After these folks are excused the large cream-colored shades over the enormous windows are remotely lowered and we’re shown a film about jury service. Sandra Day O’Connor (retired), Associate Justice and John G. Roberts, Jr., Chief Justice of the United States Supreme Court are both interviewed along with a few past jurors who explain to us what a privilege it is to sit on a jury, and how the founding fathers were adamant about having a fair trial for every citizen.
We turn in our paperwork and they begin calling names to be interviewed for possible selection on a jury. My name isn’t called until much later in the day, but no worries as I’ve brought plenty of sensational reading material including Glenn Greenwald’s book: “And Liberty and Justice for Some, How the Law is Used to Destroy Equality and Protect the Powerful.”
Finally, I’m called to report to Judge X’s courtroom. Once inside we’re told about the case. Next, we’re introduced to the defendant and his attorney. Then to the prosecution (government’s) side comprised of 3 attorneys, 1 paralegal, 1 Homeland Security guy and 1 police officer. The Judge gives us a series of guidelines and we’re asked a series of questions. If we have any issues regarding these questions we’re to approach the bench.
One by one people make their way to the Judge. One woman tells the Judge she’s a Christian and can’t judge others. She’s excused. Another woman says she doesn’t believe in drugs, as she has children. The Judge responds, “If I let every parent go who didn’t want drugs around their children there’d be no one left to sit on a jury.”
I’m not sure if I want to speak up or not. But as I sit there I know if I don’t then I’m just another spineless hypocrite going along with a system I no longer believe in. I take a deep breath and raise my hand. The Judge asks me to approach the bench. This is intimidating as hell. The farging bench is so high you have to look up at the Judge who’s looking down on you, and I’m tall. All the attorney’s are also standing there and everything you say is repeated into a microphone so the stenographer can record your comments. As I walk to the bench I tell myself, “Whatever you do, don’t cry. Just state your truth and leave it at that.”
I’m nervous but I’m carrying Glenn Greenwald’s book to give me courage. I calmly explain to the Judge, “Your Honor, I have a problem with our justice system, as it no longer serves ordinary citizens. We now have a two-tier system of justice in this country. One for the rich and one for the rest of us. Wall Street bankers can collapse the global economy, the Bush/Obama administrations can start illegal wars of aggression and not one person is held accountable for their actions. But you have a black man thrown in jail for smoking a joint.” She listens very intently and says, “I understand what you’re saying, but do you think you can be impartial in this case?” I say, “I think so.” She asks me to take a seat in the jury box to mull it over, and she’ll call me back to the stand in a few moments.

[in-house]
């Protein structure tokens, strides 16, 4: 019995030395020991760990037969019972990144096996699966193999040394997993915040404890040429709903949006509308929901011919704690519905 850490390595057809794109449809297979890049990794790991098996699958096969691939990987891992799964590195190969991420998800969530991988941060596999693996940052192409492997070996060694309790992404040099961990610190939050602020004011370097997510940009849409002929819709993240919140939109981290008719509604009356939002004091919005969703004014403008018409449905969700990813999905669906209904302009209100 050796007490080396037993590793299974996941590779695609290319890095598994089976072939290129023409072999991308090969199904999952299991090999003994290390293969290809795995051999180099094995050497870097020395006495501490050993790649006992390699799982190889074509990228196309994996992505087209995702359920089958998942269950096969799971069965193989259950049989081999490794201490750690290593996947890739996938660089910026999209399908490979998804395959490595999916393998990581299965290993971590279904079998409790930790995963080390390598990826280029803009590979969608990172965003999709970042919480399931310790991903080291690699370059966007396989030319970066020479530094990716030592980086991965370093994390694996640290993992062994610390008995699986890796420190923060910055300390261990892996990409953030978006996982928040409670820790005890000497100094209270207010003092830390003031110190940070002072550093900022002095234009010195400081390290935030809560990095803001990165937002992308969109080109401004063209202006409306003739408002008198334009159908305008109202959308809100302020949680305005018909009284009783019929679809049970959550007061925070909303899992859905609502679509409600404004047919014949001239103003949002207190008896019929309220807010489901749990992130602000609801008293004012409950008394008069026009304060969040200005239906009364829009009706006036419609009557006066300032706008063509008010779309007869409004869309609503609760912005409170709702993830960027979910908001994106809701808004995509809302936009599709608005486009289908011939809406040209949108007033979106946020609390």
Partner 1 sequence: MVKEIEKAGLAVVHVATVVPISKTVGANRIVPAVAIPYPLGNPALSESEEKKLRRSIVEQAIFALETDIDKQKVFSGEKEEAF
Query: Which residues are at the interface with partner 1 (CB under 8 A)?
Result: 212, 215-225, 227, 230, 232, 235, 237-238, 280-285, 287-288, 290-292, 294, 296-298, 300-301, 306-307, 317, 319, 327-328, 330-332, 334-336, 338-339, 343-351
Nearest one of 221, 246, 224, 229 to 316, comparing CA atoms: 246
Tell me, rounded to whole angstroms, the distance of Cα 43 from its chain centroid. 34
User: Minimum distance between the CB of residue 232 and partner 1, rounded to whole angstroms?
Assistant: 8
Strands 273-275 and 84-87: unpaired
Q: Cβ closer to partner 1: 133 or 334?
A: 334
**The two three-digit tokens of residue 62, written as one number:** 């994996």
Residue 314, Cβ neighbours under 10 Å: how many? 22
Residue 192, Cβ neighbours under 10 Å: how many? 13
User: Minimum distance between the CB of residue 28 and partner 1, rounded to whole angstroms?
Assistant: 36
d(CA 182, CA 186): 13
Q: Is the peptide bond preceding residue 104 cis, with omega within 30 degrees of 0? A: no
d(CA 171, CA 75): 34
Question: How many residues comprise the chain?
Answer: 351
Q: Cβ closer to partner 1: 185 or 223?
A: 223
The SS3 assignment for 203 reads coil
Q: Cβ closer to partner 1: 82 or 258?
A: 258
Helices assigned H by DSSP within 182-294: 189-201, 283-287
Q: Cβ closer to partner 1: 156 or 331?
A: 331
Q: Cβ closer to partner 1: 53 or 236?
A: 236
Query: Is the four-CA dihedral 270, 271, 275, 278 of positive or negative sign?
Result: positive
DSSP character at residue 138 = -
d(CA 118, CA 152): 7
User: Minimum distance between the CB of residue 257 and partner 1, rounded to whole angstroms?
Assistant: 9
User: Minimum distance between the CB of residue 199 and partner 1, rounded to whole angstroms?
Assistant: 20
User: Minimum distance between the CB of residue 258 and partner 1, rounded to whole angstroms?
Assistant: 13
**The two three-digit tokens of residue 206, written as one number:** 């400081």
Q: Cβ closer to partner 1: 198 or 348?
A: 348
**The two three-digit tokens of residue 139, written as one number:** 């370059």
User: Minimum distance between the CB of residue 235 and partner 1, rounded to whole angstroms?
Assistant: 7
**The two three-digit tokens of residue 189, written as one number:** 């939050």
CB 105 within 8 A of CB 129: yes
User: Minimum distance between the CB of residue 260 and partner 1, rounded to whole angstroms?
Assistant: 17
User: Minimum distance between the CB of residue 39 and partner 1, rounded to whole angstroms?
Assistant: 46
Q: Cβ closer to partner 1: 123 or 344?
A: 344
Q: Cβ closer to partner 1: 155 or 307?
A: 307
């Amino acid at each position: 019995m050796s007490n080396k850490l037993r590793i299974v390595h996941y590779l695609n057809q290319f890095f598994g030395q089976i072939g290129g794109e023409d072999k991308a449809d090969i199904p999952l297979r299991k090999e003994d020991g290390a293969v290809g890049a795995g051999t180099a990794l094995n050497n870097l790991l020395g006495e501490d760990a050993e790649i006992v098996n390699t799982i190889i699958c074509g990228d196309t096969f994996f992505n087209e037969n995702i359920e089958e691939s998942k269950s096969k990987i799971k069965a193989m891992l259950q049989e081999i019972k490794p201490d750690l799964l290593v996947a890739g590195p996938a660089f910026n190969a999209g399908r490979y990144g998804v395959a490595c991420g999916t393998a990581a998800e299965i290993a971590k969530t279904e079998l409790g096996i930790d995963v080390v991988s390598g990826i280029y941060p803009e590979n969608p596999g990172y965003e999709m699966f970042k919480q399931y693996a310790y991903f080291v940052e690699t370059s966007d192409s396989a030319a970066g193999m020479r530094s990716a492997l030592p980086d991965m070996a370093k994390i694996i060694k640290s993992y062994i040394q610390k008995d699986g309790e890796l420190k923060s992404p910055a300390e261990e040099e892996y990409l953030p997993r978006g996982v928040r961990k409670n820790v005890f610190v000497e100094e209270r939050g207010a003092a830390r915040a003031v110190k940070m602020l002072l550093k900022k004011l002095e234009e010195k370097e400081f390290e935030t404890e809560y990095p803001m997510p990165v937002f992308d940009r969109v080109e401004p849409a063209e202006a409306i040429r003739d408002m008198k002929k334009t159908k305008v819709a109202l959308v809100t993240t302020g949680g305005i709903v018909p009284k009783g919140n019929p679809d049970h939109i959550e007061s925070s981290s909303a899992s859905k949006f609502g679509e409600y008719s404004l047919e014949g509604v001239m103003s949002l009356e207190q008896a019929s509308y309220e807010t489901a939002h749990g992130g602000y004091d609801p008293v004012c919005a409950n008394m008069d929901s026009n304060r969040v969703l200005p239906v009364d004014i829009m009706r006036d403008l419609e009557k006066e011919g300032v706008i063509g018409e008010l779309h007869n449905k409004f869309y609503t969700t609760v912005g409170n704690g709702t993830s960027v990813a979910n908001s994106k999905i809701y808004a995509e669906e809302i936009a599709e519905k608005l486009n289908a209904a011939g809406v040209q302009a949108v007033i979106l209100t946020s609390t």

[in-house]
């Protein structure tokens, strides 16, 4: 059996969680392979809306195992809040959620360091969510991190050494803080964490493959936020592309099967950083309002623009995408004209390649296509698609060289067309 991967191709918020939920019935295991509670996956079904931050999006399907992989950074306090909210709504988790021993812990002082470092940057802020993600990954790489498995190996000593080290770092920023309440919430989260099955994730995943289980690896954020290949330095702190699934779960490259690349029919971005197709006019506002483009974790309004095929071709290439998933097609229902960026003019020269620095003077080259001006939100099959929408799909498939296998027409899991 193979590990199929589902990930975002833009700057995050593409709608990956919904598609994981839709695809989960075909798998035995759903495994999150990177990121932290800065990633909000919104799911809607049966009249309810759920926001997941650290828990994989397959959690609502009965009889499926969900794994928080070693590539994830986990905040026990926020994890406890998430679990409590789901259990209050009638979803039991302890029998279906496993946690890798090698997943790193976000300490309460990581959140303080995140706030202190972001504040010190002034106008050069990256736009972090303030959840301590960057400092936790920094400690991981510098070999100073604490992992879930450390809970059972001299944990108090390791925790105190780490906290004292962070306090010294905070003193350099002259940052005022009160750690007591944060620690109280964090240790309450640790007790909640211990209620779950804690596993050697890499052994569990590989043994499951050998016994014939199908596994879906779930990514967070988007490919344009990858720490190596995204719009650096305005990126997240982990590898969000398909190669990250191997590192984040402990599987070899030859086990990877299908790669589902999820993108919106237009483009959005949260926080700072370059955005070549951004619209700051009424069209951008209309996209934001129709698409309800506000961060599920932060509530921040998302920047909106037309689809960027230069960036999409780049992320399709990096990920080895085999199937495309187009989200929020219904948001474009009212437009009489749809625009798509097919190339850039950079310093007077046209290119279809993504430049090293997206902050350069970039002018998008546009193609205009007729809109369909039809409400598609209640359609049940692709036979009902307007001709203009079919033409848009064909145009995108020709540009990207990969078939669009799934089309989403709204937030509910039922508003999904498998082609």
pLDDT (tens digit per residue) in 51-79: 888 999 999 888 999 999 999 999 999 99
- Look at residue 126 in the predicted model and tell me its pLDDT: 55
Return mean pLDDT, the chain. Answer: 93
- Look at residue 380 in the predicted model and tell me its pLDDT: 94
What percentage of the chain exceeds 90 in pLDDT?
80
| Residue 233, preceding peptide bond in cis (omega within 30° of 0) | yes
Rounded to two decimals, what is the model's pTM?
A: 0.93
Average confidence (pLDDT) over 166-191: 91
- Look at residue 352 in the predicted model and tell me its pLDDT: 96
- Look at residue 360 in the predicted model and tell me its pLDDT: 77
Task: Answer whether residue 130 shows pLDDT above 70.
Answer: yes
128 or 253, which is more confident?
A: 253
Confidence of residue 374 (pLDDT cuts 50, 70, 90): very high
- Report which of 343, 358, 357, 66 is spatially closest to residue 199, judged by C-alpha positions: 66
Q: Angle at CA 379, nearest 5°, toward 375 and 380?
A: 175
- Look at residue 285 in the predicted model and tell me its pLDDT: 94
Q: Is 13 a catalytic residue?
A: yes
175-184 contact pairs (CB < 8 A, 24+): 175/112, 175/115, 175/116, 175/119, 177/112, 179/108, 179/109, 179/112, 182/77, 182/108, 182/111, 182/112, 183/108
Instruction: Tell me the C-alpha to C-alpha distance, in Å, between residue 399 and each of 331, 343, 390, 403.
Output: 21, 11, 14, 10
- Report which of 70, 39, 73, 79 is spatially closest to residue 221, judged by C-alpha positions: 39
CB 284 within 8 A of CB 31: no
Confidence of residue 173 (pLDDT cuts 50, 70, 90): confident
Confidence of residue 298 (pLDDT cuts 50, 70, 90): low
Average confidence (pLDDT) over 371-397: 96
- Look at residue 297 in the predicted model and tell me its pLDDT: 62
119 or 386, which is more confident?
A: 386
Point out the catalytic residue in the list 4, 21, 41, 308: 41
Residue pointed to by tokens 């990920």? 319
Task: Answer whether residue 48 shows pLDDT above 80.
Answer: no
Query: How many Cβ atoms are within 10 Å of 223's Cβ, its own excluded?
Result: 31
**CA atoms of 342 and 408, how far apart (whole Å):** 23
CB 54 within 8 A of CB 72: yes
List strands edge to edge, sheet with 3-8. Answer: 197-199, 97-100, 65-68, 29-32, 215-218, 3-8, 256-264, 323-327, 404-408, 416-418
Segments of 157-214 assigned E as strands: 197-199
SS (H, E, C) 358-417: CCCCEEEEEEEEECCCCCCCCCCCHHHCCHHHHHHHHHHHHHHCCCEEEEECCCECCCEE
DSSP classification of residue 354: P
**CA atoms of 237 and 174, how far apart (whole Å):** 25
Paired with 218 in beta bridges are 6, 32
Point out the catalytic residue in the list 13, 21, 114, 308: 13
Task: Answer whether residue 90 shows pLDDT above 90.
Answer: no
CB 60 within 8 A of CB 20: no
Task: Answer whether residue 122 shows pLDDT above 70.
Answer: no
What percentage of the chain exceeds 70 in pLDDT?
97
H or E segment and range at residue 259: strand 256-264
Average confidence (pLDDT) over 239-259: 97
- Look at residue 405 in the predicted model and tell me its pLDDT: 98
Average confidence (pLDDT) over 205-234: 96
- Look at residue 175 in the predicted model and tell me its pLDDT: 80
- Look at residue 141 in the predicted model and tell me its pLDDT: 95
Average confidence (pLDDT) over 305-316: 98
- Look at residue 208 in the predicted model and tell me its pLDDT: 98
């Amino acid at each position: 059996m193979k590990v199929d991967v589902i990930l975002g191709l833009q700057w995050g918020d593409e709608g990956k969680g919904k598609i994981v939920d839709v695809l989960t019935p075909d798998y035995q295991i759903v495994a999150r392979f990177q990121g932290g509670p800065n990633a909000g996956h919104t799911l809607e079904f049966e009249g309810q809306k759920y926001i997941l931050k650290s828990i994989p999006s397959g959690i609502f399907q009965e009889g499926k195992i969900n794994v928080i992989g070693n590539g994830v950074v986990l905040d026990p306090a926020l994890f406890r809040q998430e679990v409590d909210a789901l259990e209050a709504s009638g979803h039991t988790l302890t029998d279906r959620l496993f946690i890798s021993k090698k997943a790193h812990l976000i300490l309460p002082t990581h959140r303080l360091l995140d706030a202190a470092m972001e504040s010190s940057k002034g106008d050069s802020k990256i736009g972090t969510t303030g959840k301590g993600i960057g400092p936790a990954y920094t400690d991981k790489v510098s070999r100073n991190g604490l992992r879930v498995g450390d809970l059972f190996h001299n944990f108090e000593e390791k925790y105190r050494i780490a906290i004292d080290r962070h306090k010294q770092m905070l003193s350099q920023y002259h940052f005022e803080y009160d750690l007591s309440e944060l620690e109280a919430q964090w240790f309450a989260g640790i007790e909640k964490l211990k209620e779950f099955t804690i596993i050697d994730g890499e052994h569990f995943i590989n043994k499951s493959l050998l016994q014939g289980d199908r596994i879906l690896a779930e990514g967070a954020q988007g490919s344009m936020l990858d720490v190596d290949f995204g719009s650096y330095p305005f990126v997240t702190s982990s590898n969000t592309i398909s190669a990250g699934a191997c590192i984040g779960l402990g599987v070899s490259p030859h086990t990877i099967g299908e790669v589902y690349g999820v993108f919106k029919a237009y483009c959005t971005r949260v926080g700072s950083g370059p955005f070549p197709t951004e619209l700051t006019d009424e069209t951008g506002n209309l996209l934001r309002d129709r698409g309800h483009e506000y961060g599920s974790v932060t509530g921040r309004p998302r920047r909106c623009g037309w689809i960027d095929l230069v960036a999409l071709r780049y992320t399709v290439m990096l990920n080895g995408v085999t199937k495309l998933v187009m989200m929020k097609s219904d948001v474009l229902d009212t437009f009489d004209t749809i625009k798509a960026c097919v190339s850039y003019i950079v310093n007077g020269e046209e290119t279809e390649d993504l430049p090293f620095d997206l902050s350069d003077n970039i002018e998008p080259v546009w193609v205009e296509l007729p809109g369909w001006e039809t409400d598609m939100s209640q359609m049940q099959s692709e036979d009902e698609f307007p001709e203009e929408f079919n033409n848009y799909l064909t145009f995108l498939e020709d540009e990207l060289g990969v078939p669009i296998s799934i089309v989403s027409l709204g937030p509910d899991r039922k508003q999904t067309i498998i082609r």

A couple of other prospective jurors approach the bench and are either excused or asked to take a seat to contemplate their comments as well before I’m called back to the bench. The Judge again asks, “Do you think you can be an impartial juror in this case?” “Yes, I feel I can.” She says, “I’m not talking about your feelings. I need to know if you can be impartial.” I say, “Well, I do have a question. Is the defendant’s lawyer a public defender?” The judge looks taken aback but says, “He has a good attorney.” “Well, I’m looking at the set up here,” I continue, “and I see the defendant has one attorney and the government has 3 attorneys, a paralegal, Homeland Security and a police officer. The government also has unlimited resources at their disposal, so is this considered a fair trial?” “Ms. Dalton,” the judge replies, “Please stand over there.” I step aside while the lawyers and judge discuss my comments. I hear the judge say, “I don’t think so.” The judge then says, “Ms. Dalton you may return to the first floor.”
At the end of the day I’m released for a couple of days but I make a mistake and show up on Wednesday anyway. As I’m leaving the courthouse I retrieve my phone, and ask the guard if I may take a photo of Lady Justice. “No photos,” he says. “May I go look at her?” I ask. “Oh, that’s fine.” I circle her to see if I can find a plaque or some info on the artist but there’s nothing there except the word JUSTICE inscribed on the base of the statue. I ask the guards if they know who the sculptor is, but no one does. I’d already tried to locate her image on the Internet, but no luck there either.
Thursday I return to the courthouse and discover the Chambers Street subway station is filled with mosaics of eyes. How appropriate as I head to jury duty where they’ll strip us of our civil liberties before entering the courthouse.
Once inside I’m determined to get a photo of Lady Justice with all of us lined up like subservient subjects to be illegally searched, our property x-rayed, our personal items put on conveyor belts, and our phones confiscated. The land of the free, as it turns out, isn’t so free after all. Just a bunch of empty rhetoric posing as truth. We’re no longer a democracy. Oligarchs rule us. Money buys our politicians and their fraudulent elections. Greed is their God. We have the largest incarceration rate in the world. Our prison system is big business. The New Jim Crow where we warehouse blacks and other minorities for slave labor. Justice? What justice? “Turn off all cell phones. Turn off all cell phones.” The guard’s voice pierces through the rant in my head. With my back to him I lift up my phone making sure not to be seen by the two guards in front of me or the three by the conveyer belt. I take a couple of shots. I have no idea if I’ve gotten anything, but I’ve gotten what I can get.